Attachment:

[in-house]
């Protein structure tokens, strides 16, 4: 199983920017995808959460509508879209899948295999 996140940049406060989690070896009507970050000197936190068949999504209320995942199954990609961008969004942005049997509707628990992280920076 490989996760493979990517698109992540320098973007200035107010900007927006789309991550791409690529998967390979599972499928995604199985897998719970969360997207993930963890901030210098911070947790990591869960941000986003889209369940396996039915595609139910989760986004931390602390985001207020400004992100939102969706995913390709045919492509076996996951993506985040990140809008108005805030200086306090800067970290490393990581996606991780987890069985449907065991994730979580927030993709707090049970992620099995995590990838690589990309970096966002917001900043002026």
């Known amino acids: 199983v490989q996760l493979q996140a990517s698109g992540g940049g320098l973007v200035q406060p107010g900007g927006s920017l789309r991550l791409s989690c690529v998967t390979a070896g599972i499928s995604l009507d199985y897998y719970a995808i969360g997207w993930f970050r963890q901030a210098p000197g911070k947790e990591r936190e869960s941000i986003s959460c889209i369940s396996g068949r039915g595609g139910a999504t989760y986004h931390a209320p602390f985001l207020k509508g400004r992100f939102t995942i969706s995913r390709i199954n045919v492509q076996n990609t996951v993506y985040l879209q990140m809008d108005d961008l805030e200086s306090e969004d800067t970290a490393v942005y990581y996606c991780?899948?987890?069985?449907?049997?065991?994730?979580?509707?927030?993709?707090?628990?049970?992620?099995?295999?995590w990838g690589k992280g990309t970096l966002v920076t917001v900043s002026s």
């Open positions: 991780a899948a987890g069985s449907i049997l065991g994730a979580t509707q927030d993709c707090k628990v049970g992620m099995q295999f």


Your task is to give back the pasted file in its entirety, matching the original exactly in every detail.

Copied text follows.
[in-house]
């Protein structure tokens, strides 16, 4: 199983920017995808959460509508879209899948295999 996140940049406060989690070896009507970050000197936190068949999504209320995942199954990609961008969004942005049997509707628990992280920076 490989996760493979990517698109992540320098973007200035107010900007927006789309991550791409690529998967390979599972499928995604199985897998719970969360997207993930963890901030210098911070947790990591869960941000986003889209369940396996039915595609139910989760986004931390602390985001207020400004992100939102969706995913390709045919492509076996996951993506985040990140809008108005805030200086306090800067970290490393990581996606991780987890069985449907065991994730979580927030993709707090049970992620099995995590990838690589990309970096966002917001900043002026």
């Known amino acids: 199983v490989q996760l493979q996140a990517s698109g992540g940049g320098l973007v200035q406060p107010g900007g927006s920017l789309r991550l791409s989690c690529v998967t390979a070896g599972i499928s995604l009507d199985y897998y719970a995808i969360g997207w993930f970050r963890q901030a210098p000197g911070k947790e990591r936190e869960s941000i986003s959460c889209i369940s396996g068949r039915g595609g139910a999504t989760y986004h931390a209320p602390f985001l207020k509508g400004r992100f939102t995942i969706s995913r390709i199954n045919v492509q076996n990609t996951v993506y985040l879209q990140m809008d108005d961008l805030e200086s306090e969004d800067t970290a490393v942005y990581y996606c991780?899948?987890?069985?449907?049997?065991?994730?979580?509707?927030?993709?707090?628990?049970?992620?099995?295999?995590w990838g690589k992280g990309t970096l966002v920076t917001v900043s002026s």
């Open positions: 991780a899948a987890g069985s449907i049997l065991g994730a979580t509707q927030d993709c707090k628990v049970g992620m099995q295999f």